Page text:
Earlier this week, I received several messages from attendees at this event who expressed concerns over Axe’s remarks. And later this week, I received several messages from sources who listened to the lecture online – individuals who questioned whether Axe may have influenced governor McMaster’s views on vaccination policy.

South Carolina, incidentally, has one of the lowest vaccination rates in the nation. According to the latest data from the U.S. Centers for Disease Control and Prevention (CDC), 69.4 percent of the U.S. population over the age of 12 has received at least one dose of a Covid-19 vaccine while 59.1 percent are “fully vaccinated.” In the Palmetto State, 53.3 percent of citizens over the age of 12 have received “at least one vaccine” dose while only 45.5 percent have “completed vaccination.”

For those of you keeping score at home, South Carolina ranks No. 41 nationally in terms of vaccine doses administered per 100,000 citizens.

On Tuesday, April 10 – two days after Axe’s appearance – First Presbyterian senior pastor Derek Thomas addressed the controversy in a letter to the congregation.

According to letter, a copy of which was obtained by this news outlet, Axe’s lecture “caused consternation among some of our church members.”

“I was not present but have since listened to it,” Thomas wrote of Axe’s talk. “While the first half of the lecture was instructional, the second half employed the issue of Covid-19 as an illustration of the confluence of science and faith. And while he did not specifically say he was opposed to the vaccine, some of you concluded that he was. Research on Twitter seems to confirm his opposition. And he is at liberty to hold such a point of view.”

However, Thomas noted that while “the nuanced ethical point Dr. Axe was trying to make was valid, the example he chose caused deep divisions within our congregation and is not helpful in getting us through this extremely difficult season.”

Here is a copy of Thomas’ letter to the church …

(Click to view/ download)

(Via: First Presbyterian Church)

Thomas wrote that First Presbyterian has “studiously avoided taking sides on this or that aspect of Covid-19 and have followed the CDC guidelines as to in-person worship.”

“Whatever our individual opinions may have been (or continue to be), our stance as a church has largely been governed by a ‘love thy neighbor’ approach,” Thomas wrote. “We have strenuously tried to steer a course that ensures that our members feel safe while worshipping at First Presbyterian Church.”

Thomas added that “for what it is worth, my wife and I received both Pfizer vaccines, and I would take three more if offered!”

“This is a personal choice of mine made prayerfully and in the interests of personal and communal health,” he added.

My thoughts on all this?

First of all, in the interest of full disclosure, I was a member at First Presbyterian Church until 2008 and have many family members and friends who still worship at the church. Its congregants and leaders are good people, in my estimation, and I have always believed the church did an excellent job of equipping and engaging those eager to unearth and explore the intellectual foundations of their faith.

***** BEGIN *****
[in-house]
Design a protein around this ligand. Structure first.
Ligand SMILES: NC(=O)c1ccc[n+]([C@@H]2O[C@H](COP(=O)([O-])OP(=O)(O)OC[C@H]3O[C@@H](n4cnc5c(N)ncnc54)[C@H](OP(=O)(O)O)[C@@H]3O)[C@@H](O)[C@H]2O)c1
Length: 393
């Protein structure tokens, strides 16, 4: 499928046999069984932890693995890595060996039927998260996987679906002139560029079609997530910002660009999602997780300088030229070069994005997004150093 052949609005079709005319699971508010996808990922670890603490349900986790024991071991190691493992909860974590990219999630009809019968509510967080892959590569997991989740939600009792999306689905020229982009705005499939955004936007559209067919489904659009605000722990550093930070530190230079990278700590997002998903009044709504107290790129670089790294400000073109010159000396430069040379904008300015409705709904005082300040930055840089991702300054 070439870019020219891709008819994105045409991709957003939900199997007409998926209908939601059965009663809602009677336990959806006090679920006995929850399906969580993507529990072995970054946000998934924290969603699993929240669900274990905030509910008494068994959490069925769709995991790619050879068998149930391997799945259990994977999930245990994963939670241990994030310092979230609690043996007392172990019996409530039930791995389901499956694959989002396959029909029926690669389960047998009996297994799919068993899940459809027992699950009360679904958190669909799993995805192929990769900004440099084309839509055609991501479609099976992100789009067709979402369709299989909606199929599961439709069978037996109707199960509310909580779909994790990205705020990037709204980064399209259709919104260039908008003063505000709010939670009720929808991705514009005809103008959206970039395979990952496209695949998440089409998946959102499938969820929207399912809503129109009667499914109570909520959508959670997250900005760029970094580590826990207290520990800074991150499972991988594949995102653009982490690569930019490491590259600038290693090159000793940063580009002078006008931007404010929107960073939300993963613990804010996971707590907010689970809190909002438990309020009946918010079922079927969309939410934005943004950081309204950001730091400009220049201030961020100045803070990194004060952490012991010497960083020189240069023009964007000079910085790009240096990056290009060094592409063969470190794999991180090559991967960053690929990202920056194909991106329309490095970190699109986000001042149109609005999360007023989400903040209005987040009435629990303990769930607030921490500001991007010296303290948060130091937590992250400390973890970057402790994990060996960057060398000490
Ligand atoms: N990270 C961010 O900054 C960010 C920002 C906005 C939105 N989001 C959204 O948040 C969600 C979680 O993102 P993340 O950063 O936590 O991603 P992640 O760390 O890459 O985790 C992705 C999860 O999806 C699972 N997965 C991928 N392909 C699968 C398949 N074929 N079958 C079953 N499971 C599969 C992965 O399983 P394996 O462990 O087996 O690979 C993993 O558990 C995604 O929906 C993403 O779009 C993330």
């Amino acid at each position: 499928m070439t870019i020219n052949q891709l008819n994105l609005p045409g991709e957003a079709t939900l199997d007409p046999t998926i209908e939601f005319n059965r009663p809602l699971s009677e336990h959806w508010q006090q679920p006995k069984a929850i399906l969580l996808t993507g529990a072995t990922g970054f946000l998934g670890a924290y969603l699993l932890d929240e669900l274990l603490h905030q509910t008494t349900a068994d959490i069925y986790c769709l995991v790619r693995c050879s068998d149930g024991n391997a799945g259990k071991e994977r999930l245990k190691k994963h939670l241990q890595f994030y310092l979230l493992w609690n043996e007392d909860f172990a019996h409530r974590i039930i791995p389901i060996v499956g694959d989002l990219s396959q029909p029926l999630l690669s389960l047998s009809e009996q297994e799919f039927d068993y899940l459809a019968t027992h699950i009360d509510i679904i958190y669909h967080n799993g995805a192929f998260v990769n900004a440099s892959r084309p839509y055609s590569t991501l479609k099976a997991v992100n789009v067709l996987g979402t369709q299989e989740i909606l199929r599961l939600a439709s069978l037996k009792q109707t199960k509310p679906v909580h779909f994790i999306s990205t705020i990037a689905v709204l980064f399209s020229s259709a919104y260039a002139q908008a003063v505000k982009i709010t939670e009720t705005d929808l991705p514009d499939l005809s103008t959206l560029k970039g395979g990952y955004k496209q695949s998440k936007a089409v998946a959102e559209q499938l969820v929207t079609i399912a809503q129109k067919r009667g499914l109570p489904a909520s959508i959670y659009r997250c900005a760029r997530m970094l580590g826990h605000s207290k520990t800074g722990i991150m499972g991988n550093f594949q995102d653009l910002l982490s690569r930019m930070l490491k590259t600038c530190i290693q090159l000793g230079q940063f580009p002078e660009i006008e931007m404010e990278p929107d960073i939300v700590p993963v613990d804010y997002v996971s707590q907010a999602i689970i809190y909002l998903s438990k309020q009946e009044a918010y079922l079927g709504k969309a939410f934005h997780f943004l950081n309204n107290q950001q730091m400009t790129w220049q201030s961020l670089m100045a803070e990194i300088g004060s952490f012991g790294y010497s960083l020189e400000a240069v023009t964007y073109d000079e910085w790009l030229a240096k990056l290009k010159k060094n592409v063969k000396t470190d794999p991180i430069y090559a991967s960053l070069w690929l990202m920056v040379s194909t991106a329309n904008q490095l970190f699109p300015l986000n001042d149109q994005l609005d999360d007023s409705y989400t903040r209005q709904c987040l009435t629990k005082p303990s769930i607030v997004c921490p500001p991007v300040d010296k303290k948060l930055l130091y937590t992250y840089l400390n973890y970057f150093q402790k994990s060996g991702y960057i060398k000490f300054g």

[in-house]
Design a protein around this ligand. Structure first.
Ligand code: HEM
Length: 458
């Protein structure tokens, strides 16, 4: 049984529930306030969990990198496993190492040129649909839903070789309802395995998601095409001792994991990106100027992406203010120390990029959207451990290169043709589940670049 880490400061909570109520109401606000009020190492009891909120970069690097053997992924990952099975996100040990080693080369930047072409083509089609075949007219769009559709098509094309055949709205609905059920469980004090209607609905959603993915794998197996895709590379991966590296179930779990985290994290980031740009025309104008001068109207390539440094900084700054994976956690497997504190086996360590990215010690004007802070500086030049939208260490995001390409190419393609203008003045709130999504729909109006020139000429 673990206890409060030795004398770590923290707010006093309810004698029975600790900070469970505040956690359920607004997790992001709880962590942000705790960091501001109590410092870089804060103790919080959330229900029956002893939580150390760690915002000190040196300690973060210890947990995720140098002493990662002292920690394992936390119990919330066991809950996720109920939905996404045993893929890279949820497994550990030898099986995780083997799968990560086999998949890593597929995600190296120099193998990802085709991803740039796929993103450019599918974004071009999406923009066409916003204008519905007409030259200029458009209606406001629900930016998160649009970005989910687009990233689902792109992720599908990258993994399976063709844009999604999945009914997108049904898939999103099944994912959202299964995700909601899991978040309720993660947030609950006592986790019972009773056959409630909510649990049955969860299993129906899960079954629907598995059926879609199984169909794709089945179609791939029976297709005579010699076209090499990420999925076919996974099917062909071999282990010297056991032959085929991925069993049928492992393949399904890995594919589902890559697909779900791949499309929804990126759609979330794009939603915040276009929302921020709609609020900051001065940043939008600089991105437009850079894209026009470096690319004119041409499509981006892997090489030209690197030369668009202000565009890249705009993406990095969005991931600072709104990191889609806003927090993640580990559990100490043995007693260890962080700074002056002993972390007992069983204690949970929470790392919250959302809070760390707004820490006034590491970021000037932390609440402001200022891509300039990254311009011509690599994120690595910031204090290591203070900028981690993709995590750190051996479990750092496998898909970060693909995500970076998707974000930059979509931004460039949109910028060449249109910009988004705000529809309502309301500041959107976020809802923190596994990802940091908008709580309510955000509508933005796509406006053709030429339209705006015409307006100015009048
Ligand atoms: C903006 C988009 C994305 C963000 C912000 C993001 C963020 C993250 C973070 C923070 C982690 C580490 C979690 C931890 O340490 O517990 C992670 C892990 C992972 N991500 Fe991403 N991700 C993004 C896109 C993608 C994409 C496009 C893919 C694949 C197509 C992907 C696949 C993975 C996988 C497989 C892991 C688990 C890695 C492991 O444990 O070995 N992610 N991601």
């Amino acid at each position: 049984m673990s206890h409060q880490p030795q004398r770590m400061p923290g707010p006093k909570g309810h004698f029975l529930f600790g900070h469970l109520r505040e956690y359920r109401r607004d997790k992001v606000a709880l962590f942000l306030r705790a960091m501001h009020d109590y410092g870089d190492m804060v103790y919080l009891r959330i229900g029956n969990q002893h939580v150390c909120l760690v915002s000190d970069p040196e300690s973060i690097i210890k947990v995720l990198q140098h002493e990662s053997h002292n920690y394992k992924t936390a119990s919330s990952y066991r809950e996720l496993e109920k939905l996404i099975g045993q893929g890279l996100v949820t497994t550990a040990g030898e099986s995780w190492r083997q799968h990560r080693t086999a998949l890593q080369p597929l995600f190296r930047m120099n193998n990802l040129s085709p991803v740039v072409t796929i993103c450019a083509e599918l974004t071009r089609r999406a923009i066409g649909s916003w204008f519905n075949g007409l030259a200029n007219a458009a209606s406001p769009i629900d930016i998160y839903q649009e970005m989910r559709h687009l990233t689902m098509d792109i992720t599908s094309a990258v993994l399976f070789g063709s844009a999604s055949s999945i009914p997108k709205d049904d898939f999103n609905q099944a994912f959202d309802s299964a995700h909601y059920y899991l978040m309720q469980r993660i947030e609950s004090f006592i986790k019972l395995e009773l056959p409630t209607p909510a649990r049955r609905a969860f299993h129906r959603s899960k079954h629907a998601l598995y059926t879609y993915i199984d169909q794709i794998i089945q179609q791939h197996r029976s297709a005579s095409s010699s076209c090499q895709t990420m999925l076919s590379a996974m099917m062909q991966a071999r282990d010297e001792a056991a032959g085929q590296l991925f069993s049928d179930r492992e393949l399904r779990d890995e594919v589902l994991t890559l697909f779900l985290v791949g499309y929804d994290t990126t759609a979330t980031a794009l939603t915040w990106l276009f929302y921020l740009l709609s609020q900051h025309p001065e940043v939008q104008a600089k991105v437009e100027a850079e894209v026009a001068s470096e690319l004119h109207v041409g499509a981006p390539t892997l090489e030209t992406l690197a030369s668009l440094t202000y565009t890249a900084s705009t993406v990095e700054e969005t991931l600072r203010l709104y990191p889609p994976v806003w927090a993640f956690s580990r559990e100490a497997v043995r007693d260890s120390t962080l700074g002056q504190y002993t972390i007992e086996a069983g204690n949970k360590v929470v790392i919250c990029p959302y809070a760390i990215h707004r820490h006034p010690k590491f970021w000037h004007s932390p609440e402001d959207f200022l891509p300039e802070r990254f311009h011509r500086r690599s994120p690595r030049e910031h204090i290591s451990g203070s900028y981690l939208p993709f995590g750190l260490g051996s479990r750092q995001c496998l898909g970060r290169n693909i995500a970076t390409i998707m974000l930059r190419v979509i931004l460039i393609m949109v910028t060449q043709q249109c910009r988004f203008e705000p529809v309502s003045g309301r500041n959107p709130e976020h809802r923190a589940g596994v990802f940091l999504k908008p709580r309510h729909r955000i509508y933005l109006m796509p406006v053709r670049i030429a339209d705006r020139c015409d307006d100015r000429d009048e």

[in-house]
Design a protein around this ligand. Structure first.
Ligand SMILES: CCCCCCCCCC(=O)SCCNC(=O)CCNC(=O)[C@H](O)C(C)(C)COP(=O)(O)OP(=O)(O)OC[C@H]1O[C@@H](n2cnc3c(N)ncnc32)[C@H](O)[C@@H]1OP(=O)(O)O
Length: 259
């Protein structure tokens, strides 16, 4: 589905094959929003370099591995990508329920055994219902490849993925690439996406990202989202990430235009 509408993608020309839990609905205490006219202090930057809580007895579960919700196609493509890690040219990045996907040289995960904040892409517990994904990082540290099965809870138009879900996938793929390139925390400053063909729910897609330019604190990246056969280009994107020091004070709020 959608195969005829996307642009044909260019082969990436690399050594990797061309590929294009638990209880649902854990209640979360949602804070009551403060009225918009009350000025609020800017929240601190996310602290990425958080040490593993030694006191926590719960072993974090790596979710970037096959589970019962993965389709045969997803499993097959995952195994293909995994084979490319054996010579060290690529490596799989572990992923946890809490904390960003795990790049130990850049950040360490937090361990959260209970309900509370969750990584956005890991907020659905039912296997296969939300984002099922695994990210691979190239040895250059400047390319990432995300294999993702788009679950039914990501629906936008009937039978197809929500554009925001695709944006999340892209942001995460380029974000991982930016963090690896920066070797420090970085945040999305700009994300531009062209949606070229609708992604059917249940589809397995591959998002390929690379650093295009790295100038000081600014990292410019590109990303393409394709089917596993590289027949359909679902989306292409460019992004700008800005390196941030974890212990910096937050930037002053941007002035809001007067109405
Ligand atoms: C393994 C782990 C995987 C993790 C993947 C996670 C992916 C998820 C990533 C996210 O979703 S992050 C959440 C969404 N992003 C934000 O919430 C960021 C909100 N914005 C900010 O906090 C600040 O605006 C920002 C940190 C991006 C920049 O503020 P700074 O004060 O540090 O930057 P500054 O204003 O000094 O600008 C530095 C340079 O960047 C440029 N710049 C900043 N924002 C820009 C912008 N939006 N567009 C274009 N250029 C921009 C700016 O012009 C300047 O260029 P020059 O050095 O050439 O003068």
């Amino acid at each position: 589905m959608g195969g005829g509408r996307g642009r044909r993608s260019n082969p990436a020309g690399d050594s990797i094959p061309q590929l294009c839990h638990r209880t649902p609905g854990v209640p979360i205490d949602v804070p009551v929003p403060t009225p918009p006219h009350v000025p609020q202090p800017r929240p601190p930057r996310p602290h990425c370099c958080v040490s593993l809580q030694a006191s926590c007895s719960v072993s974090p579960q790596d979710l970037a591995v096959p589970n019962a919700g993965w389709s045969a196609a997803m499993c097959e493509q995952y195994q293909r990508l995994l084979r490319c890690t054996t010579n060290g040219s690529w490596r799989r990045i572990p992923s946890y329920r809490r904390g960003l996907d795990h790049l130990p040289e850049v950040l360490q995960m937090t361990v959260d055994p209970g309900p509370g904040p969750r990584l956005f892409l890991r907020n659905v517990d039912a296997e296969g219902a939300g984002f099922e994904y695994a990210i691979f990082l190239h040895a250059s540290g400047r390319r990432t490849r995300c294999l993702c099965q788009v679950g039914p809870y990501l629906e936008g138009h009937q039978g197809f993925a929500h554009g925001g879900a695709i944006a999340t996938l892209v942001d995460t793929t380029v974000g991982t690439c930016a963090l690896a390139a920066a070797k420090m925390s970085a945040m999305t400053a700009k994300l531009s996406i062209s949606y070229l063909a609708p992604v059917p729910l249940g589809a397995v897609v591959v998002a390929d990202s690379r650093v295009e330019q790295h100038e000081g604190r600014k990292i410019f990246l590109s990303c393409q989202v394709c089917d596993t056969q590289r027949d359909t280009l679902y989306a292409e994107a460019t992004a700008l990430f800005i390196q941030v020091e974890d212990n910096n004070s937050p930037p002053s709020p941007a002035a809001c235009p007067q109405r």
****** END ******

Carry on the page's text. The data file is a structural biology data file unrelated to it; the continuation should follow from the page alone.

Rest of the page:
This lecture series is, in fact, another example of how the church is engaging its members on that front – which I believe is a good thing.

(Click to view)

(Via: S.C. Governor)

Furthermore, I do not accept the implication that this lecture may have influenced the governor or shaped his public policy views regarding vaccination. While I am no fan of McMaster (believing he has done absolutely nothing to steer the ship of state in the right direction on any number of critical fronts during his time in office), when it comes to Covid-19 vaccinations his position is clear: He has received his jabs – and has encouraged others to do the same.

His support has been a matter of public record for many months – and remains his view today, as far as I know. In other words, it is doubtful anything Axe said was going to move him one way or the other on the policy front.

Still, given the rising tide of cases linked to the delta variant of the virus – and the tone deaf commentary on it recently offered by McMaster’s top staffer – the governor probably shouldn’t be surprised some are seeking to make political hay over his proximity to such a discussion.

As for the Covid-19 vaccines themselves, like Thomas I respect an individual’s “personal choice.” All the scientific evidence I have seen thus far attests to the safety and effectiveness of the vaccines – which is why I got both of my shots even after having had Covid at least once (and probably twice).

Again, though, I will continue to oppose any effort by government to make vaccinations compulsory – as well as any effort to demonize those who choose not to get vaccinated.

And I certainly will oppose any renewed push to impose the sort of draconian societal shutdowns that tanked the American economy last spring.

We simply cannot go back to that …

As for Axe, while I disagree with his views on vaccination I believe he artfully raised some very important points regarding the duty of independent thinkers in a free society to stand up and be counted – even if their views are deemed contrarian (or worse).

Again, in a free society we do not silence dissent – we allow it the opportunity to rise or fall on its intrinsic merit (or lack thereof). I understand many at First Presbyterian (and many churchgoers and non-churchgoers reading this article) probably did not like what Axe had to say regarding vaccinations, but I do not fault the church for providing a forum for “robust dialogue.” Nor do I fault anyone in attendance for hearing him out.

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ABOUT THE AUTHOR …

(Via: FITSNews)

Will Folks is the founding editor of the news outlet you are currently reading. Prior to founding FITSNews, he served as press secretary to the governor of South Carolina. He lives in the Midlands region of the state with his wife and seven children. And yes, he has LOTS of hats (including that Mike Schmidt-era Philadelphia Phillies’ lid pictured above).